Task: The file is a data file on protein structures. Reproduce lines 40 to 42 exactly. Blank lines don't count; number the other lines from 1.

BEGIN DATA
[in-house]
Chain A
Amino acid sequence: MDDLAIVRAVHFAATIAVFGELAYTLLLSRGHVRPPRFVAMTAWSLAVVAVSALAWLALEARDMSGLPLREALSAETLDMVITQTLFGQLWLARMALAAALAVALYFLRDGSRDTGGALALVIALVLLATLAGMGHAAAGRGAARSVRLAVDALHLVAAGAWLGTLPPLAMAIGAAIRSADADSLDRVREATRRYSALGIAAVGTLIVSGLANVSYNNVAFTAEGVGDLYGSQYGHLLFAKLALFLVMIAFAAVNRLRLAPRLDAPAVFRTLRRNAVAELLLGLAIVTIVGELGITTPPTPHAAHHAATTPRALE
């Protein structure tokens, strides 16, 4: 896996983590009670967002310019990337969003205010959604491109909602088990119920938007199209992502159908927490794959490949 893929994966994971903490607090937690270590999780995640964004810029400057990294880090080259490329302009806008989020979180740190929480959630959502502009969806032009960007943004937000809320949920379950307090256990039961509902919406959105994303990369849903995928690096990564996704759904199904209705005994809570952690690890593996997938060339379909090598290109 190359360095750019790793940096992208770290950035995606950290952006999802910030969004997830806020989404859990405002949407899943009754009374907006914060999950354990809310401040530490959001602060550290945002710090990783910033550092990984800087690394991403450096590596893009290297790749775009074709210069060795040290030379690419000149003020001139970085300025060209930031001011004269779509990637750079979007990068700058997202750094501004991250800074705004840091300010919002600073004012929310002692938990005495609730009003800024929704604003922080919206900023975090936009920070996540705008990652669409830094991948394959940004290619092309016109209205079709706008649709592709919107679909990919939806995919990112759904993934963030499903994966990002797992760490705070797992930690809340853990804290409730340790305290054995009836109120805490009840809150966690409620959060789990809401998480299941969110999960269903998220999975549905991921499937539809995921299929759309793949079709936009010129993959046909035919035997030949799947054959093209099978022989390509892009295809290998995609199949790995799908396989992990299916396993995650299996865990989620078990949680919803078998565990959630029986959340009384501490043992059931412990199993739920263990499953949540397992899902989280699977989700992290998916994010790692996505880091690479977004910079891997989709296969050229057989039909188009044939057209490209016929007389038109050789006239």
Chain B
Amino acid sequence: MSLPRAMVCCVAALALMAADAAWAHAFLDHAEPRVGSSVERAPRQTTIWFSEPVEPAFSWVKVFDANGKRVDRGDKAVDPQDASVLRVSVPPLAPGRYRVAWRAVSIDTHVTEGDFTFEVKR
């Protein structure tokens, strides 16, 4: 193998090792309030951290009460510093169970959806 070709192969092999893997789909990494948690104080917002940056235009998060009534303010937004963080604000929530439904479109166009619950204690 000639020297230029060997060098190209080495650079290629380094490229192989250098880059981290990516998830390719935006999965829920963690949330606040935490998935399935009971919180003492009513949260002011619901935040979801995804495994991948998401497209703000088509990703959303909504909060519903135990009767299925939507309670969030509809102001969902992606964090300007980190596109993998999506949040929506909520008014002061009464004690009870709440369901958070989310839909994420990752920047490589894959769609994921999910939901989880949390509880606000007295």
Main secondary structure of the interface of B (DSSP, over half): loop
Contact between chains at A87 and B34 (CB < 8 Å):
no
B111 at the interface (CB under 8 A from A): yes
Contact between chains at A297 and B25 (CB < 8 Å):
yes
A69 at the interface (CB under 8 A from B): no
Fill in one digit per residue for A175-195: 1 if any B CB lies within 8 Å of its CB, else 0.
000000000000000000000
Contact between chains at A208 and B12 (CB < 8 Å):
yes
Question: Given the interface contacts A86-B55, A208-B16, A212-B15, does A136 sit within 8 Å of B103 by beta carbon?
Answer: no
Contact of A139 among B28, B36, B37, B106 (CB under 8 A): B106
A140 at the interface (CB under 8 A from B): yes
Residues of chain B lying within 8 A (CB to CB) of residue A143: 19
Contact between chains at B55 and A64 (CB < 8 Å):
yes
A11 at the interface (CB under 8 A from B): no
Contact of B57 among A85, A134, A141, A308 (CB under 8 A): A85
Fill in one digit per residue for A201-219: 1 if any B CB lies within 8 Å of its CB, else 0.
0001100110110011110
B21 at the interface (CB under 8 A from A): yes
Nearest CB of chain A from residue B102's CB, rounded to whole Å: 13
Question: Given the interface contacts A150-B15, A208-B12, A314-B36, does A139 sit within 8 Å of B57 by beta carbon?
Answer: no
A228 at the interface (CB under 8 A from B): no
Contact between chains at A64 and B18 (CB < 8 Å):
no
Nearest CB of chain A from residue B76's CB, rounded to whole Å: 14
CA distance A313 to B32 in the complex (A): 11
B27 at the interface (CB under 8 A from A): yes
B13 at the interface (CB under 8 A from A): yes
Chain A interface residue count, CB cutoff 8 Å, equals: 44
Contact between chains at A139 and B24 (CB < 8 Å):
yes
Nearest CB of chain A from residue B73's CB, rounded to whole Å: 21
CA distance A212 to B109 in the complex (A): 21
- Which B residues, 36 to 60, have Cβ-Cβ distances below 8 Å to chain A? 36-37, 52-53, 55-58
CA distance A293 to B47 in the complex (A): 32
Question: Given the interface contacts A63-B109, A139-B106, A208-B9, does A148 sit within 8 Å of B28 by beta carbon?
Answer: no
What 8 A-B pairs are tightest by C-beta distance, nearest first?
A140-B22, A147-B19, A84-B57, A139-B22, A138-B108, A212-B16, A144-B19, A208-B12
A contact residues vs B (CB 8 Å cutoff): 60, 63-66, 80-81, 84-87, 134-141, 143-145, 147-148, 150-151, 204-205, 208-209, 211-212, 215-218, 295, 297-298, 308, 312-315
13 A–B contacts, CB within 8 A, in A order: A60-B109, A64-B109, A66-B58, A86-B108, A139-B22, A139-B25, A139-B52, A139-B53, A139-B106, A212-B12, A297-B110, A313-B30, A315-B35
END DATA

B13 at the interface (CB under 8 A from A): yes
Chain A interface residue count, CB cutoff 8 Å, equals: 44
Contact between chains at A139 and B24 (CB < 8 Å):